If you’re looking to sell your services to big or small business, here’s some information that can help seal the deal. A new study shows that talk therapy slashes the amount of sick time an employee needs and can also reduce the amount of medical care required.
The British study appeared in the Journal of Epidemiology and Community Health, a publication of the British Medical Journal. It focused on data collected from 152,000 patients in London and Yorkshire. It compared people who sought medical care with or without mental health problems between 2007 and 2009 with people who had sought treatment for mental health issues.
Not surprisingly, people who had untreated mental health problems were five times more likely to be prescribed antidepressants and be admitted to a hospital. They were also 10 times more likely to hand their bosses a sick note excusing them from work than people with no mental health problems. And, they used emergency care more often.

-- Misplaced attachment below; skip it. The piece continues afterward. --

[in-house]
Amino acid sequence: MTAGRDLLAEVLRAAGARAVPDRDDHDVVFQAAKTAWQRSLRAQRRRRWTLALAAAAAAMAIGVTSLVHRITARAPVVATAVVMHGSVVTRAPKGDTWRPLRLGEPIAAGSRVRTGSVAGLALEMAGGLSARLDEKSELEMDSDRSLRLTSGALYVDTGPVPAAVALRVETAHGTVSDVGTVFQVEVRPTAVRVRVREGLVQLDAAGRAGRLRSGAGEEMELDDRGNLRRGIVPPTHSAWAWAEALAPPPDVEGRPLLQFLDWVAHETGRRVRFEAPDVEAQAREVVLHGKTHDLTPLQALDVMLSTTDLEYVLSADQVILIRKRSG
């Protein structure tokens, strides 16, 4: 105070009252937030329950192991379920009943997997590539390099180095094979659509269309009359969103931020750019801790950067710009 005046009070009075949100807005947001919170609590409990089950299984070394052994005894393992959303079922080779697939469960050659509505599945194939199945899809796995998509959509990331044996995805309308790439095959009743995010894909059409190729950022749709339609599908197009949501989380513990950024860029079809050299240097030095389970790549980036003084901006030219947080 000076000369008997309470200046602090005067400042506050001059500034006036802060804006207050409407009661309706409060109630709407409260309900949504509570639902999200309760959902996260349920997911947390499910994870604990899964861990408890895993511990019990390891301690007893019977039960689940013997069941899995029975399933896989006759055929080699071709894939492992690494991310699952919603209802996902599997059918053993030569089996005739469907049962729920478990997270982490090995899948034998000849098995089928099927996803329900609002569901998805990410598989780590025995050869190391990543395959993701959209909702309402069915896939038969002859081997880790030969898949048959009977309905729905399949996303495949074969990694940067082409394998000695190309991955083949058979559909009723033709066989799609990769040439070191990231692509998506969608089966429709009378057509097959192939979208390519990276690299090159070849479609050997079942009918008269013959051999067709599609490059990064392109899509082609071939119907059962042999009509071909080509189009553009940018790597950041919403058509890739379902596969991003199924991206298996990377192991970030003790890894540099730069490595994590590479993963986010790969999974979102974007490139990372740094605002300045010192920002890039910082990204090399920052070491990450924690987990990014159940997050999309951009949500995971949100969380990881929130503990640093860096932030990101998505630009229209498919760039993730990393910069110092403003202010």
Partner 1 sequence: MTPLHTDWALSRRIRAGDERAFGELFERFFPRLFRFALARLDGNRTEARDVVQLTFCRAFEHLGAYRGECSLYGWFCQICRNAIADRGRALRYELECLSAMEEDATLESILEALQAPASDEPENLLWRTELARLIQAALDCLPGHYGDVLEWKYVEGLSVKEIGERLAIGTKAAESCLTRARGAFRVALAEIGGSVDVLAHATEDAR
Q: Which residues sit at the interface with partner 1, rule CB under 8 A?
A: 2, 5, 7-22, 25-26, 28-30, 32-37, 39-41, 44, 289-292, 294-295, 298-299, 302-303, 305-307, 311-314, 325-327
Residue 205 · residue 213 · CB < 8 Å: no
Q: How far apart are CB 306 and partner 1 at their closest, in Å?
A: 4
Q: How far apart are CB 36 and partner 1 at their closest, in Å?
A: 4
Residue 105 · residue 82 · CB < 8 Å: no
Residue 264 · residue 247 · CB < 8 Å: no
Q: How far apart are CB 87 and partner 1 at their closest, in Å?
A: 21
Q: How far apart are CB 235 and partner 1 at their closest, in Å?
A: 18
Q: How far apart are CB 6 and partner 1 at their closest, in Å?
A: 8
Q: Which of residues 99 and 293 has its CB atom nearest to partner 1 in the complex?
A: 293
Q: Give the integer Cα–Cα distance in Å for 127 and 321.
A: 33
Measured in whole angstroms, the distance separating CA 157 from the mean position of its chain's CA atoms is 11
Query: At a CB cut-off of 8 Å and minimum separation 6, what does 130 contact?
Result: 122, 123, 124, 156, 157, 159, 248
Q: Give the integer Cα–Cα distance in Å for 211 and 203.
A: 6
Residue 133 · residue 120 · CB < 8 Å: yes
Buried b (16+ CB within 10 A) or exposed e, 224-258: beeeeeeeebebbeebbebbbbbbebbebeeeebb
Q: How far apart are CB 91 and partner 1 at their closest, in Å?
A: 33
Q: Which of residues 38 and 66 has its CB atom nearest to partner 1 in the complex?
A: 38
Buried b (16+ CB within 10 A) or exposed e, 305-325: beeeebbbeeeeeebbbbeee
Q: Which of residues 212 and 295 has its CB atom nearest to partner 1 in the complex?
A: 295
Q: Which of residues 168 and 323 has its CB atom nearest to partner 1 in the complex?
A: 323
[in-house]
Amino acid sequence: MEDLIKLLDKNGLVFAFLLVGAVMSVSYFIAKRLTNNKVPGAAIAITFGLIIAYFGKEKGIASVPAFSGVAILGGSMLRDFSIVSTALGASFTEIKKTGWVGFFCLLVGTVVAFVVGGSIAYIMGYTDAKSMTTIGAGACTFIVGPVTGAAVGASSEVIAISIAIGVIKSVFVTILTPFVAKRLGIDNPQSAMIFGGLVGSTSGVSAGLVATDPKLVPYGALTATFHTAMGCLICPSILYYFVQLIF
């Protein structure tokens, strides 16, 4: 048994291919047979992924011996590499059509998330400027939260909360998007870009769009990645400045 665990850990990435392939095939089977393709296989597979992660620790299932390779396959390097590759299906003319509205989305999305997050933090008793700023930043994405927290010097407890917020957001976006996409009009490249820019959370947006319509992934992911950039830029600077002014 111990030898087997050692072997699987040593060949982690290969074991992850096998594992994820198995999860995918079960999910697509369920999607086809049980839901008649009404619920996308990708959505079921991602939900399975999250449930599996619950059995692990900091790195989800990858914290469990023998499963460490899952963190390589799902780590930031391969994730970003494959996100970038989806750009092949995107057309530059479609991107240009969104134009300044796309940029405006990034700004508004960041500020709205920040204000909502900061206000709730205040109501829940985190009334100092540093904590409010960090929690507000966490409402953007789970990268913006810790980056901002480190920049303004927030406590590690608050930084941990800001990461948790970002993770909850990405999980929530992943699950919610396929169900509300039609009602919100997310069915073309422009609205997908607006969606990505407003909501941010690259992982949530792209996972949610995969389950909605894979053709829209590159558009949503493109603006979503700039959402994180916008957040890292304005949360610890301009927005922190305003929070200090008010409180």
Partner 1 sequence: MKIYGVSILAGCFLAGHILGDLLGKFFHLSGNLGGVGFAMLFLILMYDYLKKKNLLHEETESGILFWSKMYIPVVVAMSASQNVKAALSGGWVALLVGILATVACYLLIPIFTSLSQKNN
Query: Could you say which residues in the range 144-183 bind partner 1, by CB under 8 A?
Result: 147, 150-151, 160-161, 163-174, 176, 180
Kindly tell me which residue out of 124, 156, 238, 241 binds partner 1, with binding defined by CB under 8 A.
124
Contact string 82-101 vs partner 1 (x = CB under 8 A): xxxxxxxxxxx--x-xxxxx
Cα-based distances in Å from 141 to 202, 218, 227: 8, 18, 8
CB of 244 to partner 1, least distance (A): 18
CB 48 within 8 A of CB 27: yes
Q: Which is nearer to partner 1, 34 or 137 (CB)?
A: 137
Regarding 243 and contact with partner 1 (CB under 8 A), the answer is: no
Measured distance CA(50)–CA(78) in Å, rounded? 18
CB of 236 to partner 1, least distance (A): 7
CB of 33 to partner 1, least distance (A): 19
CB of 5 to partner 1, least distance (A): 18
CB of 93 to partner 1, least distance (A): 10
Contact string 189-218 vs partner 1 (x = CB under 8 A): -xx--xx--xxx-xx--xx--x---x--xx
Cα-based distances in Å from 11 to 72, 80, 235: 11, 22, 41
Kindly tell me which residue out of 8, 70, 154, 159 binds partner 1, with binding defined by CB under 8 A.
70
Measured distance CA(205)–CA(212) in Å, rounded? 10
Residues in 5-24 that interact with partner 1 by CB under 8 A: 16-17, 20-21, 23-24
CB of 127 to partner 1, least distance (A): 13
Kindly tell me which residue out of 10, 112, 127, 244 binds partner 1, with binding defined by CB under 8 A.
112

“There were marked differences between those with [mental health problems] and people referred to [talk therapy] and the rest of the registered population,” the authors said. “At a time when there is pressure to control increasing health costs, this study suggests that [therapy] may contribute to reducing health service usage.”
The study was prompted by a new program in the UK called Access to Psychological Therapies (IAPT). The theory was that people who took advantage of the talk therapy would need less overall medical care and would miss fewer work days, and that was borne out.
An additional advantage: IAPT patients who were on medication were more apt to stick to their drug therapies, which also led to better overall health.
- John Nelander, Contributing Editor